Perhaps the real reason why we don’t talk about beauty and wine is that we don’t sufficiently credit the poetry of the process, wherein the rhythms and inflections of nature are channelled to form a unique language. Nature doesn’t do art or science apparently. The professional vogue for chemical analysis and dissective terminological exactitude strips away its mystery, uncoupling wine from nature by reducing the liquid to the enumeration of its molecular compounds. Wine is product, and a product has purpose, which is a utilitarian way of looking at it, yet wine can also evoke responses that contradict the narrowness of such a purpose.
Those who believe that wine may possess some rarefied quality seek out and exalt its transfiguring qualities. Their view is that wine is made, not by the artisan, but by a kind of scientist-artist, and is designed to be elevated and elevating. The intentional, or unintentional, consequence of this is to make the wine desirable as an object (and thus objectify it), to detach and distance the person who is experiencing the wine so that they may appreciate how profound and unique their experience is. And even this appreciation may be rendered in a numerical format as the wine is scored on supposedly objective criteria.
Such a wine loses a sense of its natural origin because it is made and marketed to conform to a style, tracking the palates of opinion-formers. It is a form of pleasing architecture rather than the rock and soil on which that construct is built.
Conversely one may see the wine as the result of natural transformations; just as music, art or poetry are the distillations of raw emotion and thought into sounds, pictures and words, so wine is the aggregated fermented transformation of weather, geology, yeasts, fruit, minerals into… living liquid. This is life transmuted into a different form of life.
Perhaps the real reason why we don’t talk about beauty and wine is that we don’t sufficiently credit the poetry of the process, wherein the rhythms and inflections of nature are channelled to form a unique language.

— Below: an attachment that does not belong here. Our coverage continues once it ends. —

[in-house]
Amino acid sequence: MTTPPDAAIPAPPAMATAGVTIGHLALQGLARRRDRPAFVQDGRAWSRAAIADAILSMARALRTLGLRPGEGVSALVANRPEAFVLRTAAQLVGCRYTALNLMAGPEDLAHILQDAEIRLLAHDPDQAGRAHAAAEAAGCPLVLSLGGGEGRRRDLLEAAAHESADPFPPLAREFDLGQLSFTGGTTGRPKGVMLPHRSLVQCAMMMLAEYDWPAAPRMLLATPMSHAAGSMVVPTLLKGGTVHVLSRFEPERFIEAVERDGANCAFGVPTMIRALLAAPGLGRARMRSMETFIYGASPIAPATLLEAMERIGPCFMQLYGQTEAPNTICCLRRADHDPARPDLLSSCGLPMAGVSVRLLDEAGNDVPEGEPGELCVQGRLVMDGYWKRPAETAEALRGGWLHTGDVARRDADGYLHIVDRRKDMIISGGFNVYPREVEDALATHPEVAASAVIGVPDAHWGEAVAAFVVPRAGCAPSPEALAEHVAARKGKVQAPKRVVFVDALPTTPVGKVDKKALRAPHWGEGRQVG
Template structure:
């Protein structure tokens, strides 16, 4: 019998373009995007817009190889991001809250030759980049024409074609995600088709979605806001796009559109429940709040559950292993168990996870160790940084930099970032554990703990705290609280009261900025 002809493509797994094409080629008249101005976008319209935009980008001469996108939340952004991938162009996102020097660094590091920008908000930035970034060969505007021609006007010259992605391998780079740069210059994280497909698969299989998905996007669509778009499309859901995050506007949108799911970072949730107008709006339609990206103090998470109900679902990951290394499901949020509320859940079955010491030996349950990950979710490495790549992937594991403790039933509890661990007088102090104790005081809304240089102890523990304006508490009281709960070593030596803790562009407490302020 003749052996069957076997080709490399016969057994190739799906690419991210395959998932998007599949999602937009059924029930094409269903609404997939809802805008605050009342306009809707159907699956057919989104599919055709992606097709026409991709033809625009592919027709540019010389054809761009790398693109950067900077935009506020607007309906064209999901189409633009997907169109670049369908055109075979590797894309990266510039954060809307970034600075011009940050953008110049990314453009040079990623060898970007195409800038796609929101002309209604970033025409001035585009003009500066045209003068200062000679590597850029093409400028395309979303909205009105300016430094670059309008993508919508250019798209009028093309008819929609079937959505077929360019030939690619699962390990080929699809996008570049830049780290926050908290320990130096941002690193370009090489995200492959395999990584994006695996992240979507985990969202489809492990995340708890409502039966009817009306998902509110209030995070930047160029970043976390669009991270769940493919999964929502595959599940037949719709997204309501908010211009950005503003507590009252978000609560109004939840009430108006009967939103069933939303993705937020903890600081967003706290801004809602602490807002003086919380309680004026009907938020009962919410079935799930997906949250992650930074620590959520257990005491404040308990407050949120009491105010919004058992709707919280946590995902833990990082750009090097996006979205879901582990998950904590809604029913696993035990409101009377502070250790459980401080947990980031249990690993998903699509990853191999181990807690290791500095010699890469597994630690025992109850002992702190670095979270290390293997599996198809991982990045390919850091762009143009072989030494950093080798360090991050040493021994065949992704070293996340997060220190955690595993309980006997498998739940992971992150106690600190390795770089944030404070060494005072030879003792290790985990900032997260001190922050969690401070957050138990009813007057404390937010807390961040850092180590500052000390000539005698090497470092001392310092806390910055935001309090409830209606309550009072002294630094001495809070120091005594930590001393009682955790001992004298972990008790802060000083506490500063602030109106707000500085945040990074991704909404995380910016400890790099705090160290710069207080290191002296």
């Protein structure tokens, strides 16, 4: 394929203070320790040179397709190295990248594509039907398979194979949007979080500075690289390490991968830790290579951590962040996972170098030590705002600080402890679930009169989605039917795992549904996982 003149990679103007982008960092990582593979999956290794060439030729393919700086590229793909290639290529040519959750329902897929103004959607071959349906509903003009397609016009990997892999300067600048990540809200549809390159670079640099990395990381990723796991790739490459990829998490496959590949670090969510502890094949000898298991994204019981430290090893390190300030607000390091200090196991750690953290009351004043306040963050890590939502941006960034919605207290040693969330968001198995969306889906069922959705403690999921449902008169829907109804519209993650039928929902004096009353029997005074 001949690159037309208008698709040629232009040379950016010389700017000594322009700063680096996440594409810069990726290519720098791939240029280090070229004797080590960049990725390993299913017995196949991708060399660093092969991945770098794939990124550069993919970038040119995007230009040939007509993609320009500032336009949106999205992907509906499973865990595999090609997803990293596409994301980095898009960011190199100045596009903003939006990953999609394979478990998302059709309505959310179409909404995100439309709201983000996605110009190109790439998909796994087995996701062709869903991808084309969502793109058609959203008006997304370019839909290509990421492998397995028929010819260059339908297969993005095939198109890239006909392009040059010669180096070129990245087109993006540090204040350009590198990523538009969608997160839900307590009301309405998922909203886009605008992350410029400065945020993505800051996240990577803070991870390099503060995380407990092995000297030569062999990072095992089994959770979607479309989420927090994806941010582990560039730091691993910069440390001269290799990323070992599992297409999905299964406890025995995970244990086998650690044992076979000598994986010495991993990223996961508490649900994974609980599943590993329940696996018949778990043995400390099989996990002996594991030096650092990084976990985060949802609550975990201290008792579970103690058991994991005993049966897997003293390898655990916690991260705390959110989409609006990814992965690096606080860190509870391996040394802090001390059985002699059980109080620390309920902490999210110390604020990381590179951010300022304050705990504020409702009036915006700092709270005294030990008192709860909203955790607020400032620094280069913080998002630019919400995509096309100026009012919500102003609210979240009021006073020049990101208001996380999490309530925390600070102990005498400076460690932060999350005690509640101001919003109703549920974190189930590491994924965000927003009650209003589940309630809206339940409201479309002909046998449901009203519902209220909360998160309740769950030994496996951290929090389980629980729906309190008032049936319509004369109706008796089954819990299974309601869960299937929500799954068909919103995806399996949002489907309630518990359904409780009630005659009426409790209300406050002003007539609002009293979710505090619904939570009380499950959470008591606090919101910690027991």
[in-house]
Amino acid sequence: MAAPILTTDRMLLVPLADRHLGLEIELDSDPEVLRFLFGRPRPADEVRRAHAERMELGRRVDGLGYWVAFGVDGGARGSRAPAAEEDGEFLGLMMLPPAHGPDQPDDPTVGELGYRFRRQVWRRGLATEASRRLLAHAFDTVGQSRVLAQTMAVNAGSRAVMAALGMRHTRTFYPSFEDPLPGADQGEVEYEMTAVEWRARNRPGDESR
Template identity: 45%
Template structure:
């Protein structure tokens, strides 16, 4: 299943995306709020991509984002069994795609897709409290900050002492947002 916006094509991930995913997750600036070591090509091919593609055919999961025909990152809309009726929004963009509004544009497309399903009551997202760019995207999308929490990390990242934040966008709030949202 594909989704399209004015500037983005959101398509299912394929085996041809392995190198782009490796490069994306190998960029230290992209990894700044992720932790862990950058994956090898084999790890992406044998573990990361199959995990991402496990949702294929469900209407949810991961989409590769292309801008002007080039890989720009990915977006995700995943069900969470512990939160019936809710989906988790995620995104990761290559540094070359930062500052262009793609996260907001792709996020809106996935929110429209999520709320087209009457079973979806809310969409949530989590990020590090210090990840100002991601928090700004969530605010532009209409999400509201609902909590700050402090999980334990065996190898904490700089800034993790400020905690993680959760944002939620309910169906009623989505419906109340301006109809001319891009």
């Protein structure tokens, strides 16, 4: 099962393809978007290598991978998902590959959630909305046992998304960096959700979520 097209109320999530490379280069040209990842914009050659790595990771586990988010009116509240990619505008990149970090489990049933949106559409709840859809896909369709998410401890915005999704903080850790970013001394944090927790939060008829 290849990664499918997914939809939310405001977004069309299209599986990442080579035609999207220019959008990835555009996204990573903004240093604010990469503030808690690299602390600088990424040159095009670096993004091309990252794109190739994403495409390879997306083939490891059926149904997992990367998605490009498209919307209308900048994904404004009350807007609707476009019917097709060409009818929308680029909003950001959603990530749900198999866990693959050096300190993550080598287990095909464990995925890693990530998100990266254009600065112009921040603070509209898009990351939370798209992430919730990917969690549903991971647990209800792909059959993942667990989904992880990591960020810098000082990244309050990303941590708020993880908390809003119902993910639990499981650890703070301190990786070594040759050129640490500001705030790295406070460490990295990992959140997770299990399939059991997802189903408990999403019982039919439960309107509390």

It is one thing to articulate this transformation, another to superimpose on the raw materials and end up overmedicating the wine. Impositions are always judgement calls –benign interventions to prevent spoilage, decay and death. Transformations may be natural – guided by humans yet aiming to minimise the human imprint or steering the wine in such a manner that the natural “impression” of the wine emerges most strikingly. We may characterise this as responsive or empathetic winemaking – listening to and understanding the needs of the vines and the grape juice.
And then we can talk about the counsel of imperfection, the idea that wine should be true to itself in all its cracked glory. This relates to the notion of wabi-sabi, an aesthetic centred on the acceptance of transience, described as one of beauty that is “imperfect, impermanent, and incomplete”. If an object or expression can bring about, within us, a sense of serene melancholy and a spiritual longing, then that object could be said to be wabi-sabi. Referring to the loneliness of living in nature, remote from society it connotes rustic simplicity, freshness or quietness, and can be applied to both natural and human-made objects. It can also refer to quirks and anomalies arising from the process of construction, which add uniqueness and elegance to the object. Applied to wine this aesthetic celebrates the pleasing uncertainty, simplicity and elegance that only nature can endow and the vigneron can “let be”. This could also be described as the tone of the vintage and the voice of the terroir and the kind of fragile distinctiveness that you find in very special wines.
And then we can talk about the counsel of imperfection, the idea that wine should be true to itself in all its cracked glory.
Wine to calm our spirits and send our thoughts into beautiful repose. Wines to jolly us along. Wine to set hares running in our minds. These wines always come from a place and from a person. They are gifts and ought to be received with the same generosity of spirit as impelled them to come to life.
All this comes into consideration for what gives a particular wine a particular transcendent quality. Of course, it is personal, and of course, the experience of tasting and drinking it adds a dimension, for what we ourselves bring to the wine adds a special flavour to it.
Stay tuned for Part One of Doug Wregg’s 100 Great Natural Wines list…